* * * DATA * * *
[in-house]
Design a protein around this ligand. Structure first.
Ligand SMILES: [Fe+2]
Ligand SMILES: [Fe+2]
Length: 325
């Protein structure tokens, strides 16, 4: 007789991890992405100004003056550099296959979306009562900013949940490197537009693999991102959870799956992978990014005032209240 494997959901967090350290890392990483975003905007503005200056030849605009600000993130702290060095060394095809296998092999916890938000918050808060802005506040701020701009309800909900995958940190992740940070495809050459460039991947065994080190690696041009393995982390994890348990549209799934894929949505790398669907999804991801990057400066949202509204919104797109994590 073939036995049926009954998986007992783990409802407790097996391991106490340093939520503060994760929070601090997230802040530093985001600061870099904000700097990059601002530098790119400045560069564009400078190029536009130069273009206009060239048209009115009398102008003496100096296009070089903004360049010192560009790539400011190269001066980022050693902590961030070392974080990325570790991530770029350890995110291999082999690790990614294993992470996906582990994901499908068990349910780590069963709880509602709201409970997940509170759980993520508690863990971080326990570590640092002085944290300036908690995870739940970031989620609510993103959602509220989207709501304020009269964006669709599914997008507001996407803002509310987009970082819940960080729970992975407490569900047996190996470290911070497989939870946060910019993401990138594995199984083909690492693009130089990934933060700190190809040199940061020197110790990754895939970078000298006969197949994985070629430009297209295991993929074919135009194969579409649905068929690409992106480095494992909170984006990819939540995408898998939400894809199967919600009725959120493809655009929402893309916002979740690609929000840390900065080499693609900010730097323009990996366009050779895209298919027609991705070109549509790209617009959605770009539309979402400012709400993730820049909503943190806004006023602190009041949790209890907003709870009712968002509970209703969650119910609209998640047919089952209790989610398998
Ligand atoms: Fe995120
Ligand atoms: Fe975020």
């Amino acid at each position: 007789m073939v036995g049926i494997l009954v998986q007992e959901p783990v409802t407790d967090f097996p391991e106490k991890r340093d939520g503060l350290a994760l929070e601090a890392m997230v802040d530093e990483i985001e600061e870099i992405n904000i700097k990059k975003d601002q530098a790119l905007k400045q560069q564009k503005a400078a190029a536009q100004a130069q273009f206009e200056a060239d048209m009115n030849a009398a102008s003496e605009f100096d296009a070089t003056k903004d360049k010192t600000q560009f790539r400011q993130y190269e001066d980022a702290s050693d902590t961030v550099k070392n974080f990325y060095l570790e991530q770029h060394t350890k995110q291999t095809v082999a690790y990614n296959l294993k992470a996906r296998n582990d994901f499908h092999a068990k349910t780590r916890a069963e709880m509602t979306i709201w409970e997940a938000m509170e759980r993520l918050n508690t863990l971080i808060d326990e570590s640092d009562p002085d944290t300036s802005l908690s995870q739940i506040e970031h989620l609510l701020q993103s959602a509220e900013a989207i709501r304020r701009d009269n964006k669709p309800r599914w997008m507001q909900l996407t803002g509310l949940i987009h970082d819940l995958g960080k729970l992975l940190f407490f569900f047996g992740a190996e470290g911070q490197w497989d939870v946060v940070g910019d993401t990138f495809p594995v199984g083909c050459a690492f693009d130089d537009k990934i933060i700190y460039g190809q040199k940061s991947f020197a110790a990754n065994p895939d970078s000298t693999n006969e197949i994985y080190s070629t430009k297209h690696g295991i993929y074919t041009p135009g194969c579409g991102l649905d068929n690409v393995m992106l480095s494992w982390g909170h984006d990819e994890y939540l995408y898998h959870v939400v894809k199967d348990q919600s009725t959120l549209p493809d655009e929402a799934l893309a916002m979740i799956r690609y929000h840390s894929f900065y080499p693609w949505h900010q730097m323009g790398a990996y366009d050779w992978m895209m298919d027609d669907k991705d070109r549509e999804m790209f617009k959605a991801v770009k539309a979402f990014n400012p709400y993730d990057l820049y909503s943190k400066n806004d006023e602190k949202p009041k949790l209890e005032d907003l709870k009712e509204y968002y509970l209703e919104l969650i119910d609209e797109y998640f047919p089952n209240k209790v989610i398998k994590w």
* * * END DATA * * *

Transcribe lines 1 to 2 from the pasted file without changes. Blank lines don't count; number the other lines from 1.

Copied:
[in-house]
Design a protein around this ligand. Structure first.